As a business owner, you spend a great deal of time thinking about the amount of profit that you will make in the current month, quarter or year. We already know signing new customers and increasing the volume of business from existing clients is an excellent way to boost profits, but many overlook the benefits of cutting costs.
If your top-line revenue is increasing and your net income is growing as well, that’s great. But is the rise in your company’s profit in proportion to your sales growth?
"Increasing revenue is an excellent way to boost profits, but many overlook the benefits of cutting costs."
Here's what we mean: Consider the example of a business owner who has yearly revenues of $1 million and a net income of $100,000. If sales grow to $1.5 million, and you can maintain your level of profitability, your earnings should rise to $150,000. (Adjust for your income & profit margin – if you know it!) Unfortunately, rising revenues often make a business owner complacent. You may start adding expenses that don’t contribute to your bottom line, and you could find yourself in a situation where your company’s profits are at a sub-optimal level. Data shows this is likely to happen when your revenues and earnings are rising.
So how can you ensure that you don’t lose sight of expenses when your business is doing well? Here are four steps that can help to reduce costs:
4 Ways to Reduce Costs
- Periodically review employee costs
Employee expenses are usually looked upon as fixed costs. While that’s true to a great extent, there is often scope to cut down on necessary expenses. For example, when you have to replace an office computer, you don’t need to opt for the most expensive model. If you think about it, there could be several ways in which to trim costs without harming your business interests. Look at telecommuting or a four-day work week seriously. These could help you to lower expenses and improve employee morale at the same time.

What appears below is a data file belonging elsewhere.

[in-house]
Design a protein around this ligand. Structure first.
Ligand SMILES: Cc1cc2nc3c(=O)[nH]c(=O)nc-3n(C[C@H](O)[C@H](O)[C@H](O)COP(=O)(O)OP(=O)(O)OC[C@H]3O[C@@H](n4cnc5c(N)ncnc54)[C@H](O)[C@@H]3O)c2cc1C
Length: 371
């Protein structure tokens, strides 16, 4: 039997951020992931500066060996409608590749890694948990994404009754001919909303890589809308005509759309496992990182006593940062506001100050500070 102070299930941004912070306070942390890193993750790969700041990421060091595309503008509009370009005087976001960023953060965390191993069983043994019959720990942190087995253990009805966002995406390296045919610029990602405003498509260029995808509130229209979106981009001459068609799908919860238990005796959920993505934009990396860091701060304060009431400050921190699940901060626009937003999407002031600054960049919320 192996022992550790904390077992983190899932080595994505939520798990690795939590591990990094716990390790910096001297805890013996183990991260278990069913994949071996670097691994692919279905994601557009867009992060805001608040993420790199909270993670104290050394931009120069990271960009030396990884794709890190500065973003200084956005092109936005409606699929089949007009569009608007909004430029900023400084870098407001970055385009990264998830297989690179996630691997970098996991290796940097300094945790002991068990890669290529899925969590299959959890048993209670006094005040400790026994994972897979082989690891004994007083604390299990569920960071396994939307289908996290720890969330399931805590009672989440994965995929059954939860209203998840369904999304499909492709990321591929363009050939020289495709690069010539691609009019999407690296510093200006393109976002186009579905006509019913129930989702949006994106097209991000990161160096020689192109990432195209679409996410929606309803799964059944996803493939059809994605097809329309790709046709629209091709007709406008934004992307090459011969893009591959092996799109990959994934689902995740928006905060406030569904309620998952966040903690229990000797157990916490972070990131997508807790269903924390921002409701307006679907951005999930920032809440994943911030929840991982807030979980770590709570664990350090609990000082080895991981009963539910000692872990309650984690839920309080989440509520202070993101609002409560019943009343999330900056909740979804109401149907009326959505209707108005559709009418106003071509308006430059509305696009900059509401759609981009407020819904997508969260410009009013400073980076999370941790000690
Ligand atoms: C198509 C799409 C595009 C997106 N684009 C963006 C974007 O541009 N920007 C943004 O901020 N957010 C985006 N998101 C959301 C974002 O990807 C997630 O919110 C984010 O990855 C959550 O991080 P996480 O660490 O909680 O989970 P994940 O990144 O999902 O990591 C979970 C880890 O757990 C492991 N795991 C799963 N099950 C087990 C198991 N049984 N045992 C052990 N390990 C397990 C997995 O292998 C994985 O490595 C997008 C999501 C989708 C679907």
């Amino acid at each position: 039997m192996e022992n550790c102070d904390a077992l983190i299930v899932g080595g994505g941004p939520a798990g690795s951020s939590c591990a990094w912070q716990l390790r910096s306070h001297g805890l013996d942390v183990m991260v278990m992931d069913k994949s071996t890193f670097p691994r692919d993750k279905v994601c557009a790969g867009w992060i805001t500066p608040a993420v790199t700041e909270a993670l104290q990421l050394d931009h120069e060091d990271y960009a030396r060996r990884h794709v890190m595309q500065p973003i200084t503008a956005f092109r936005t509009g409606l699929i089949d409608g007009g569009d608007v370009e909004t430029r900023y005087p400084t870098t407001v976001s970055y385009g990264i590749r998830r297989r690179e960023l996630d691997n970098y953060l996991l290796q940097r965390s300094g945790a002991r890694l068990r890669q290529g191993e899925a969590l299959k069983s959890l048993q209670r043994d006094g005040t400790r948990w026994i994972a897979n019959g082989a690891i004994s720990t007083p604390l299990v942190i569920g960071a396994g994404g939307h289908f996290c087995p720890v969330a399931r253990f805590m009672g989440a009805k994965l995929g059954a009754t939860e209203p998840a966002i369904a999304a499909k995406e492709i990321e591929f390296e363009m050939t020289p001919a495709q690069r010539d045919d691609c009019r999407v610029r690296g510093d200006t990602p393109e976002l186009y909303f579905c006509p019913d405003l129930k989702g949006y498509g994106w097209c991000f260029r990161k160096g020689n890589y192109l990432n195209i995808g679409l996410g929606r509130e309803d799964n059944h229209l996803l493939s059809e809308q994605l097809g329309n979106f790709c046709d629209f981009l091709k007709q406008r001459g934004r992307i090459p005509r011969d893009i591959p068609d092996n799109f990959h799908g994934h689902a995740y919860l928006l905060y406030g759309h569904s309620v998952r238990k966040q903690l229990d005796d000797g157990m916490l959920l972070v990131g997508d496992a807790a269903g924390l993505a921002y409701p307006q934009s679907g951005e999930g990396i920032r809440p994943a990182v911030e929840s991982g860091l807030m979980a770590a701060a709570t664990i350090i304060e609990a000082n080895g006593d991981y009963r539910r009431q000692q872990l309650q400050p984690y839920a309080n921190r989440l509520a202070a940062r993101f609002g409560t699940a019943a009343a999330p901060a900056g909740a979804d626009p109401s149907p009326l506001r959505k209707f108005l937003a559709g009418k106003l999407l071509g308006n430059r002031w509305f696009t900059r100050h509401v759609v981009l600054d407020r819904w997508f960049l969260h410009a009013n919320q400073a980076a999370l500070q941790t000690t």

- Reduce paper usage
This is possibly a more challenging task for State Farm Agents; however, paper costs and the expenses associated with paper usage can quickly add up to a sizable sum. When you use paper, you may also need to spend on printers, ink, storage, and mailing costs. Not to mention the extra time that employees take to file the pages that they print and look for misplaced printouts. One easy way to cut down on paper-related expenses is to print on both sides or move as many aspects of your business to paperless operations.
- Pay invoices early
Many vendors offer a cash discount if you pay early. Ask if “2/10 Net 30” is available when you purchase on credit. This term means that you get a discount of 2% if you pay within ten days. If your payment is made in the period from day 11 to day 30, you won’t be eligible for the discount.
- Cut marketing costs that you can’t attribute to a return (ROI)
An evergreen maxim that is often wrongly attributed to John Wanamaker, the “pioneer of marketing,” is, “half the money I spend on advertising is wasted: the trouble is I don’t know which half.” You probably don’t either. But you should make an effort to continually review your marketing expenditure and reduce or eliminate the expenses that don’t seem to be yielding any results. An easy way to do this is by looking at the monthly reports we provide you. In the marketing section, find the types of marketing you're spending money on and notate the correlation they have to revenue growth. If you a positive correlation, keep it up. If you don't, adjust your spending accordingly.
The bottom line
Remember that adding expenses is easy, but cutting down on costs can be more difficult. When business is good, many entrepreneurs tend to focus on profits rather than their profit margin. The first is an absolute number or the dollar profit that your company is making. Your profit margin, on the other hand, is a percentage of your sales. Monitor your profit margin carefully. This will remind you to keep your expenses in check. Containing your costs will enhance your profits in good times and also give your business the resilience to survive in a downturn.